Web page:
Hospital negligence can sometimes also happen outside of the hospital when a healthcare facility doesn’t proprely mitigate the risk of vehicular theft in front of its entrance. In a recent blog post, the Joint Commission is warning about reports of patients and other individuals who have been stealing ambulances, delivery vans, police cruisers snow plows and private cars that were left unoccupied and running in front of hospital entrances. According to the Joint Commission the risk is especially high for hospitals and healthcare facilities with a very active emergency department. Thieves are often patients who either are at the hospital under the supervision of a law enforcement agency, have substance abuse problems or mental health issues. Individuals with no links to the hospital or the patients have also been reported stealing unattended vehicles at hospital entrances. These types of incidents are extremely dangerous not only for the medical staff which can be injured when trying to stop the suspect or can be unwittingly kidnapped during the vehicle theft but also for pedestrians and road users who could be struck by a suspect attempting to flee.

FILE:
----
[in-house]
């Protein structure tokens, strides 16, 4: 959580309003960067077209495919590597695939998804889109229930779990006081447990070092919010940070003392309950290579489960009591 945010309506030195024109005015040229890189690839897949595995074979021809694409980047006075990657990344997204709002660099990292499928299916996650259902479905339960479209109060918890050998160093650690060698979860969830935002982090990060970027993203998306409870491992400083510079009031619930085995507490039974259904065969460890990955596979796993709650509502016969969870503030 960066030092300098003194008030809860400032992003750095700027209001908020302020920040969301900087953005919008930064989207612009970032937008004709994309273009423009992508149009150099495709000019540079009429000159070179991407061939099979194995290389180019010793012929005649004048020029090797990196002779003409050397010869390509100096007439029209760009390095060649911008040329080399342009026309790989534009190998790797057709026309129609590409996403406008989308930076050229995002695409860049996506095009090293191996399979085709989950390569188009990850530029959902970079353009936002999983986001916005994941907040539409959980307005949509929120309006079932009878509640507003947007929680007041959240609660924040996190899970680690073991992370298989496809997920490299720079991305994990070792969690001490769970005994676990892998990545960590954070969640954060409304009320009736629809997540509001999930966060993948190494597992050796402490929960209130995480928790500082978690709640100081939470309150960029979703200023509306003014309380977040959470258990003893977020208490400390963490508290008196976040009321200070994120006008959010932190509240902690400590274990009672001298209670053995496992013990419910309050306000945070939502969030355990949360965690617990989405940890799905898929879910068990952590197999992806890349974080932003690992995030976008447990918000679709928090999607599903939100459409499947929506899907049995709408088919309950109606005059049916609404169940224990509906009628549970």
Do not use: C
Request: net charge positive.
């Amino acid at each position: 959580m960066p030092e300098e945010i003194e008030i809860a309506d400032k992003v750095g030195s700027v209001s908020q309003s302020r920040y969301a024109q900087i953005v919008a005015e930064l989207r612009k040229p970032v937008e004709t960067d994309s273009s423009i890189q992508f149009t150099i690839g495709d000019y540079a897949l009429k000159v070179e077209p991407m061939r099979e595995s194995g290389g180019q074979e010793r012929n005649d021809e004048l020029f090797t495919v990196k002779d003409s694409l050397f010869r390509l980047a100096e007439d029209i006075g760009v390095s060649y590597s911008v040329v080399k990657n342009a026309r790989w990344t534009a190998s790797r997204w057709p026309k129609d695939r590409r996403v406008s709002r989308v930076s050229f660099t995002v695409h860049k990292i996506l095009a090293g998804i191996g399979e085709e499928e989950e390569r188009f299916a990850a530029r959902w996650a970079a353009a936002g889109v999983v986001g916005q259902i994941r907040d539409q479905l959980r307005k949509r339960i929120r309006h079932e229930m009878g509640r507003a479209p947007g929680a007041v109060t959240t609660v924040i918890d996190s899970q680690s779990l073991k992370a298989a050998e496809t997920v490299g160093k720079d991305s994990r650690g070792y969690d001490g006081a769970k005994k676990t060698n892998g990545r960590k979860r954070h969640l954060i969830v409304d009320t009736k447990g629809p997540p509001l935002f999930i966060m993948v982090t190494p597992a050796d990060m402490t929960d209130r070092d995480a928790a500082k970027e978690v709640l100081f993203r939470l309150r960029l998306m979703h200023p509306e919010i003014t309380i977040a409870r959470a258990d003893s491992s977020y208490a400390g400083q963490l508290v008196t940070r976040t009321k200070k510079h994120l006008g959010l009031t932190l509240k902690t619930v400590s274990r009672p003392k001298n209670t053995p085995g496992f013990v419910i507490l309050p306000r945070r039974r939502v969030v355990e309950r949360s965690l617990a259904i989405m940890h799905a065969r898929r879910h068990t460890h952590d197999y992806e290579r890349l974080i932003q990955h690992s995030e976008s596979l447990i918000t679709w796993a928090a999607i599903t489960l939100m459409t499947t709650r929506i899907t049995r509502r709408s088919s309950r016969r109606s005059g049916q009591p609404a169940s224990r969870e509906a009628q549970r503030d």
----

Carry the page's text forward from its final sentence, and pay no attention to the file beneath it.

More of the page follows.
The Joint Commission recommends that hospitals work with ambulance services, authorities as well as vendors and suppliers to make sure their vehicles are secured when left unattended in front of hospitals. Valet parking staff should receive specific training and security personnel should monitor locations where vehicles stop near entrances and exits. Signage reminding drivers to remove their keys from the ignition when their vehicles are unattended can also help mitigating the risk of vehicular theft.